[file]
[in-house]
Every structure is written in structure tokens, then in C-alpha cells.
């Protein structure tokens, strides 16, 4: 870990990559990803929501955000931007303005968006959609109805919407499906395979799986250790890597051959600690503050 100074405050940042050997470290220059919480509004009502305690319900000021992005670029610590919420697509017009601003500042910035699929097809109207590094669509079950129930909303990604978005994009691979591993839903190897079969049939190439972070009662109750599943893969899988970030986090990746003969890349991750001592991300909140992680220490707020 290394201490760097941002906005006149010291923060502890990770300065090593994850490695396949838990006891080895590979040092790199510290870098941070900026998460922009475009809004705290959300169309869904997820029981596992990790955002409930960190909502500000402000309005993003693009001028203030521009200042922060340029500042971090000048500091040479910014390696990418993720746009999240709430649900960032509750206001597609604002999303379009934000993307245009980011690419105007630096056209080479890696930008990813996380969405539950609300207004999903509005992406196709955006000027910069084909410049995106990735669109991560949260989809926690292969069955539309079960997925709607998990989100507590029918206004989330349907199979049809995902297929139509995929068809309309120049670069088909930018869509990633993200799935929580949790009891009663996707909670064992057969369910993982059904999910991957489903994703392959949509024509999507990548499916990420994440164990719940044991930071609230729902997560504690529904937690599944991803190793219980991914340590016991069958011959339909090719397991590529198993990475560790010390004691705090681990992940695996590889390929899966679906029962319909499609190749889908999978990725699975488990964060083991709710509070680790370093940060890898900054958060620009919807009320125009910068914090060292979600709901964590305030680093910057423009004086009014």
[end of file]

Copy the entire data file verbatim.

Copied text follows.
[in-house]
Every structure is written in structure tokens, then in C-alpha cells.
């Protein structure tokens, strides 16, 4: 870990990559990803929501955000931007303005968006959609109805919407499906395979799986250790890597051959600690503050 100074405050940042050997470290220059919480509004009502305690319900000021992005670029610590919420697509017009601003500042910035699929097809109207590094669509079950129930909303990604978005994009691979591993839903190897079969049939190439972070009662109750599943893969899988970030986090990746003969890349991750001592991300909140992680220490707020 290394201490760097941002906005006149010291923060502890990770300065090593994850490695396949838990006891080895590979040092790199510290870098941070900026998460922009475009809004705290959300169309869904997820029981596992990790955002409930960190909502500000402000309005993003693009001028203030521009200042922060340029500042971090000048500091040479910014390696990418993720746009999240709430649900960032509750206001597609604002999303379009934000993307245009980011690419105007630096056209080479890696930008990813996380969405539950609300207004999903509005992406196709955006000027910069084909410049995106990735669109991560949260989809926690292969069955539309079960997925709607998990989100507590029918206004989330349907199979049809995902297929139509995929068809309309120049670069088909930018869509990633993200799935929580949790009891009663996707909670064992057969369910993982059904999910991957489903994703392959949509024509999507990548499916990420994440164990719940044991930071609230729902997560504690529904937690599944991803190793219980991914340590016991069958011959339909090719397991590529198993990475560790010390004691705090681990992940695996590889390929899966679906029962319909499609190749889908999978990725699975488990964060083991709710509070680790370093940060890898900054958060620009919807009320125009910068914090060292979600709901964590305030680093910057423009004086009014």